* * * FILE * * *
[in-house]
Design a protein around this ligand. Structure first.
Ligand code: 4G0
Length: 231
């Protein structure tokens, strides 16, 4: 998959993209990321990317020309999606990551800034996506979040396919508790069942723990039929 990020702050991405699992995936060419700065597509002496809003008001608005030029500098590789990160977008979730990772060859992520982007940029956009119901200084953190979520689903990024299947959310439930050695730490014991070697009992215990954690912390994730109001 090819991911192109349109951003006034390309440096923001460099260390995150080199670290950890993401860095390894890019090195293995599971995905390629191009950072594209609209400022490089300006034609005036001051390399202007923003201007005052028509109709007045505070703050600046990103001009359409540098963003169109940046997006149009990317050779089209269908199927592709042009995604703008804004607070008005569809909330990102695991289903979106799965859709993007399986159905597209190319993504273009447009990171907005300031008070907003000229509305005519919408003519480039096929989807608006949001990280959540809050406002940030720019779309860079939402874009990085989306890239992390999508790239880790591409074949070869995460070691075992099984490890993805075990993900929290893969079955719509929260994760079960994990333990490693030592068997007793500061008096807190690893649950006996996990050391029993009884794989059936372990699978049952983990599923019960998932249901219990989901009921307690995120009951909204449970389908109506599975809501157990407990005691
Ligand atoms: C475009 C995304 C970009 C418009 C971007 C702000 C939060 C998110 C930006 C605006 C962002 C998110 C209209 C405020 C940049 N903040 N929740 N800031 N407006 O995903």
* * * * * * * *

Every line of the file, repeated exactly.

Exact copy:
[in-house]
Design a protein around this ligand. Structure first.
Ligand code: 4G0
Length: 231
């Protein structure tokens, strides 16, 4: 998959993209990321990317020309999606990551800034996506979040396919508790069942723990039929 990020702050991405699992995936060419700065597509002496809003008001608005030029500098590789990160977008979730990772060859992520982007940029956009119901200084953190979520689903990024299947959310439930050695730490014991070697009992215990954690912390994730109001 090819991911192109349109951003006034390309440096923001460099260390995150080199670290950890993401860095390894890019090195293995599971995905390629191009950072594209609209400022490089300006034609005036001051390399202007923003201007005052028509109709007045505070703050600046990103001009359409540098963003169109940046997006149009990317050779089209269908199927592709042009995604703008804004607070008005569809909330990102695991289903979106799965859709993007399986159905597209190319993504273009447009990171907005300031008070907003000229509305005519919408003519480039096929989807608006949001990280959540809050406002940030720019779309860079939402874009990085989306890239992390999508790239880790591409074949070869995460070691075992099984490890993805075990993900929290893969079955719509929260994760079960994990333990490693030592068997007793500061008096807190690893649950006996996990050391029993009884794989059936372990699978049952983990599923019960998932249901219990989901009921307690995120009951909204449970389908109506599975809501157990407990005691
Ligand atoms: C475009 C995304 C970009 C418009 C971007 C702000 C939060 C998110 C930006 C605006 C962002 C998110 C209209 C405020 C940049 N903040 N929740 N800031 N407006 O995903």